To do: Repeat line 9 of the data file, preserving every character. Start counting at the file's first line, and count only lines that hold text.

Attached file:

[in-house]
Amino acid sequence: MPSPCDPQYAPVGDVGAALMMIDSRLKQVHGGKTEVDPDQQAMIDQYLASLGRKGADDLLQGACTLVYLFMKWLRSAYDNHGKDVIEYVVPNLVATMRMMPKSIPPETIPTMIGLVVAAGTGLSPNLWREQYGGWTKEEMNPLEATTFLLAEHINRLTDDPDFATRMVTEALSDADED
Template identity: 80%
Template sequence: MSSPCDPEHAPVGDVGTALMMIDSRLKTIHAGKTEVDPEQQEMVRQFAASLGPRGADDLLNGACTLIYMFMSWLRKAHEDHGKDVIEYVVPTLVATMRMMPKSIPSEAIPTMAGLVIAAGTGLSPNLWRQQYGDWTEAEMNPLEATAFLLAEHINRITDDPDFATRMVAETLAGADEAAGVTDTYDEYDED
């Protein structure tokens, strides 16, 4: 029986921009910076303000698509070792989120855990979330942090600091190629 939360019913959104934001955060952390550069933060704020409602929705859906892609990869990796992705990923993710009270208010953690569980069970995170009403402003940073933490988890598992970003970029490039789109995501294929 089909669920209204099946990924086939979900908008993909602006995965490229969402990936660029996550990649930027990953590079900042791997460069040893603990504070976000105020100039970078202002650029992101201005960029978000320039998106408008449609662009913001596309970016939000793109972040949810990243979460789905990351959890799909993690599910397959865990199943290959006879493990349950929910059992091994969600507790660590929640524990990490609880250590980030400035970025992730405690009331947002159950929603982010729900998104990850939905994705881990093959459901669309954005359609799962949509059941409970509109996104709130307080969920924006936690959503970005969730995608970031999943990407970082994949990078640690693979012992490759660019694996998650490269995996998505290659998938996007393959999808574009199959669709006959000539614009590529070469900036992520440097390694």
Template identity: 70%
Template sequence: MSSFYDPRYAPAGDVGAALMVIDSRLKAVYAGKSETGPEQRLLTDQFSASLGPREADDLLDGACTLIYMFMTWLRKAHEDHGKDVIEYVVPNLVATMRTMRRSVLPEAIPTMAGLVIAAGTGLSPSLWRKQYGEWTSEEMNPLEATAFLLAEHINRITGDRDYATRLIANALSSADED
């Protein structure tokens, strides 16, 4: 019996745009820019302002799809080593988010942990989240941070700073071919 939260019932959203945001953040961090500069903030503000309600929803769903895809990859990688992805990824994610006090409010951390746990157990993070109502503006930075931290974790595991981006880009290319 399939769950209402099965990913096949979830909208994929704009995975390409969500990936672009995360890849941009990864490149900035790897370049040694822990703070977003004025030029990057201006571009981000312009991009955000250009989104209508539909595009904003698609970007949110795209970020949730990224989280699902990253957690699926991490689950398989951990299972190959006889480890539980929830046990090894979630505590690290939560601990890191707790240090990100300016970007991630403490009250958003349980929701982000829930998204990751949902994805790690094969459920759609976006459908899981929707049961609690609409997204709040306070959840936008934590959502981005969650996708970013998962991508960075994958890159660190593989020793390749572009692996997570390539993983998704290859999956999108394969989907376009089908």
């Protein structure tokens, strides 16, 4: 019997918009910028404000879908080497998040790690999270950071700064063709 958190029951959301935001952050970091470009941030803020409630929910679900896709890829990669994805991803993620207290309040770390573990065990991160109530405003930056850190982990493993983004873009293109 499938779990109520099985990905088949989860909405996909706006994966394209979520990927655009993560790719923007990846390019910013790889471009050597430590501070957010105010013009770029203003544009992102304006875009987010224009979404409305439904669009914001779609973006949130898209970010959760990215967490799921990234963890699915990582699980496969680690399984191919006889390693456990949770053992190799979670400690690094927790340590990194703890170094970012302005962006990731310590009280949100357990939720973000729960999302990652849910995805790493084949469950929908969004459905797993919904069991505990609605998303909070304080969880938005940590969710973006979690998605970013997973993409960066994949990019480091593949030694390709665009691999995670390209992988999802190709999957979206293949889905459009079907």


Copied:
């Protein structure tokens, strides 16, 4: 019997918009910028404000879908080497998040790690999270950071700064063709 958190029951959301935001952050970091470009941030803020409630929910679900896709890829990669994805991803993620207290309040770390573990065990991160109530405003930056850190982990493993983004873009293109 499938779990109520099985990905088949989860909405996909706006994966394209979520990927655009993560790719923007990846390019910013790889471009050597430590501070957010105010013009770029203003544009992102304006875009987010224009979404409305439904669009914001779609973006949130898209970010959760990215967490799921990234963890699915990582699980496969680690399984191919006889390693456990949770053992190799979670400690690094927790340590990194703890170094970012302005962006990731310590009280949100357990939720973000729960999302990652849910995805790493084949469950929908969004459905797993919904069991505990609605998303909070304080969880938005940590969710973006979690998605970013997973993409960066994949990019480091593949030694390709665009691999995670390209992988999802190709999957979206293949889905459009079907």